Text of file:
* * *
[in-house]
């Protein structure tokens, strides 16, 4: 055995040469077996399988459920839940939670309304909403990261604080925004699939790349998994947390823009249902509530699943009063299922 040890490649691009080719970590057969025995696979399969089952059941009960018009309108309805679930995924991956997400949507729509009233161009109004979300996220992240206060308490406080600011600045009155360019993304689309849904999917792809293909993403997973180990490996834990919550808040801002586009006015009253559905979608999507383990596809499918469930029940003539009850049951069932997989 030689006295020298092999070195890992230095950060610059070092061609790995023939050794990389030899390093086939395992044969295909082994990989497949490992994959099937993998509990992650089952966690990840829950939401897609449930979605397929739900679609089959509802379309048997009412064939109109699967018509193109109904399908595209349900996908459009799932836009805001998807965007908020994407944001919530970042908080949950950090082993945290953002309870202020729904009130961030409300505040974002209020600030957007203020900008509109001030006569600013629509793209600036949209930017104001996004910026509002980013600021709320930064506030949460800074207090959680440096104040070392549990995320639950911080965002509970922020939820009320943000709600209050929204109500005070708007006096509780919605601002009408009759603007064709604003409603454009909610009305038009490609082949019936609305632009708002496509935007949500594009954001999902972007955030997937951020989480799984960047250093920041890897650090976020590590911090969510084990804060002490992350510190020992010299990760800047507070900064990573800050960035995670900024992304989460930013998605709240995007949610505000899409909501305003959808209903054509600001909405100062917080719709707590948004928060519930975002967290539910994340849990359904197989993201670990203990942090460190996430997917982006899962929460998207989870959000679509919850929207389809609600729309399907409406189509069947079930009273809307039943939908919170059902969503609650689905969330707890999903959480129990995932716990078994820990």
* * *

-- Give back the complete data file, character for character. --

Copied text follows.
[in-house]
């Protein structure tokens, strides 16, 4: 055995040469077996399988459920839940939670309304909403990261604080925004699939790349998994947390823009249902509530699943009063299922 040890490649691009080719970590057969025995696979399969089952059941009960018009309108309805679930995924991956997400949507729509009233161009109004979300996220992240206060308490406080600011600045009155360019993304689309849904999917792809293909993403997973180990490996834990919550808040801002586009006015009253559905979608999507383990596809499918469930029940003539009850049951069932997989 030689006295020298092999070195890992230095950060610059070092061609790995023939050794990389030899390093086939395992044969295909082994990989497949490992994959099937993998509990992650089952966690990840829950939401897609449930979605397929739900679609089959509802379309048997009412064939109109699967018509193109109904399908595209349900996908459009799932836009805001998807965007908020994407944001919530970042908080949950950090082993945290953002309870202020729904009130961030409300505040974002209020600030957007203020900008509109001030006569600013629509793209600036949209930017104001996004910026509002980013600021709320930064506030949460800074207090959680440096104040070392549990995320639950911080965002509970922020939820009320943000709600209050929204109500005070708007006096509780919605601002009408009759603007064709604003409603454009909610009305038009490609082949019936609305632009708002496509935007949500594009954001999902972007955030997937951020989480799984960047250093920041890897650090976020590590911090969510084990804060002490992350510190020992010299990760800047507070900064990573800050960035995670900024992304989460930013998605709240995007949610505000899409909501305003959808209903054509600001909405100062917080719709707590948004928060519930975002967290539910994340849990359904197989993201670990203990942090460190996430997917982006899962929460998207989870959000679509919850929207389809609600729309399907409406189509069947079930009273809307039943939908919170059902969503609650689905969330707890999903959480129990995932716990078994820990």